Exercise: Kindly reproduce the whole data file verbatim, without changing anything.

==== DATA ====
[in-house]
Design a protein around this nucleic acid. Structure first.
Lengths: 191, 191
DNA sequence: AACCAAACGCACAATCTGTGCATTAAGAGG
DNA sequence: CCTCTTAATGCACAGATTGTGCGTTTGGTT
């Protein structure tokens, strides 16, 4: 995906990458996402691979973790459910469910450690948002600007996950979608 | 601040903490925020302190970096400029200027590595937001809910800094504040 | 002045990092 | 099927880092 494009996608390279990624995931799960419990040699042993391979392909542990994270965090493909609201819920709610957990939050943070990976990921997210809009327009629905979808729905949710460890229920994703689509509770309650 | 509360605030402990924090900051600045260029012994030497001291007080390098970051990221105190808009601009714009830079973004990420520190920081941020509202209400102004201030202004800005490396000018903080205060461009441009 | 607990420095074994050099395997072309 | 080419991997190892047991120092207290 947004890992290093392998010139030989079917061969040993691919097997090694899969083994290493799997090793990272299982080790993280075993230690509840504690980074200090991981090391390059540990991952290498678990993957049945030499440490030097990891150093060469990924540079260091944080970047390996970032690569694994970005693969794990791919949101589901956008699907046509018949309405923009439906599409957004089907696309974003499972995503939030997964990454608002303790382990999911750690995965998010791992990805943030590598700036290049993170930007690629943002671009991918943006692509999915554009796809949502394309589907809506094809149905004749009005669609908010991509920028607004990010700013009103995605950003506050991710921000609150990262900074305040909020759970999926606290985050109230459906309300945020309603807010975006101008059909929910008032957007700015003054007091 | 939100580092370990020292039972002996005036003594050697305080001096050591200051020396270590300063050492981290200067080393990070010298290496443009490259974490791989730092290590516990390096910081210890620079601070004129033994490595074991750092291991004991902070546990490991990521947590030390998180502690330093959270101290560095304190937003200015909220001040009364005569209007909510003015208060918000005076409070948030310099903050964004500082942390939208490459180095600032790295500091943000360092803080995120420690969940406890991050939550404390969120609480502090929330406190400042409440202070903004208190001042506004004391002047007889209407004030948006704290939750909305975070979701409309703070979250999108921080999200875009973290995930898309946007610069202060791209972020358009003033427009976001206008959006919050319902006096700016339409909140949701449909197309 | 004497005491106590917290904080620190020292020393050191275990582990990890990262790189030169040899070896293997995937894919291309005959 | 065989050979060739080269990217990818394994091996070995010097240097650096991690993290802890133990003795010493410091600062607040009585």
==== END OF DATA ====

[in-house]
Design a protein around this nucleic acid. Structure first.
Lengths: 191, 191
DNA sequence: AACCAAACGCACAATCTGTGCATTAAGAGG
DNA sequence: CCTCTTAATGCACAGATTGTGCGTTTGGTT
């Protein structure tokens, strides 16, 4: 995906990458996402691979973790459910469910450690948002600007996950979608 | 601040903490925020302190970096400029200027590595937001809910800094504040 | 002045990092 | 099927880092 494009996608390279990624995931799960419990040699042993391979392909542990994270965090493909609201819920709610957990939050943070990976990921997210809009327009629905979808729905949710460890229920994703689509509770309650 | 509360605030402990924090900051600045260029012994030497001291007080390098970051990221105190808009601009714009830079973004990420520190920081941020509202209400102004201030202004800005490396000018903080205060461009441009 | 607990420095074994050099395997072309 | 080419991997190892047991120092207290 947004890992290093392998010139030989079917061969040993691919097997090694899969083994290493799997090793990272299982080790993280075993230690509840504690980074200090991981090391390059540990991952290498678990993957049945030499440490030097990891150093060469990924540079260091944080970047390996970032690569694994970005693969794990791919949101589901956008699907046509018949309405923009439906599409957004089907696309974003499972995503939030997964990454608002303790382990999911750690995965998010791992990805943030590598700036290049993170930007690629943002671009991918943006692509999915554009796809949502394309589907809506094809149905004749009005669609908010991509920028607004990010700013009103995605950003506050991710921000609150990262900074305040909020759970999926606290985050109230459906309300945020309603807010975006101008059909929910008032957007700015003054007091 | 939100580092370990020292039972002996005036003594050697305080001096050591200051020396270590300063050492981290200067080393990070010298290496443009490259974490791989730092290590516990390096910081210890620079601070004129033994490595074991750092291991004991902070546990490991990521947590030390998180502690330093959270101290560095304190937003200015909220001040009364005569209007909510003015208060918000005076409070948030310099903050964004500082942390939208490459180095600032790295500091943000360092803080995120420690969940406890991050939550404390969120609480502090929330406190400042409440202070903004208190001042506004004391002047007889209407004030948006704290939750909305975070979701409309703070979250999108921080999200875009973290995930898309946007610069202060791209972020358009003033427009976001206008959006919050319902006096700016339409909140949701449909197309 | 004497005491106590917290904080620190020292020393050191275990582990990890990262790189030169040899070896293997995937894919291309005959 | 065989050979060739080269990217990818394994091996070995010097240097650096991690993290802890133990003795010493410091600062607040009585």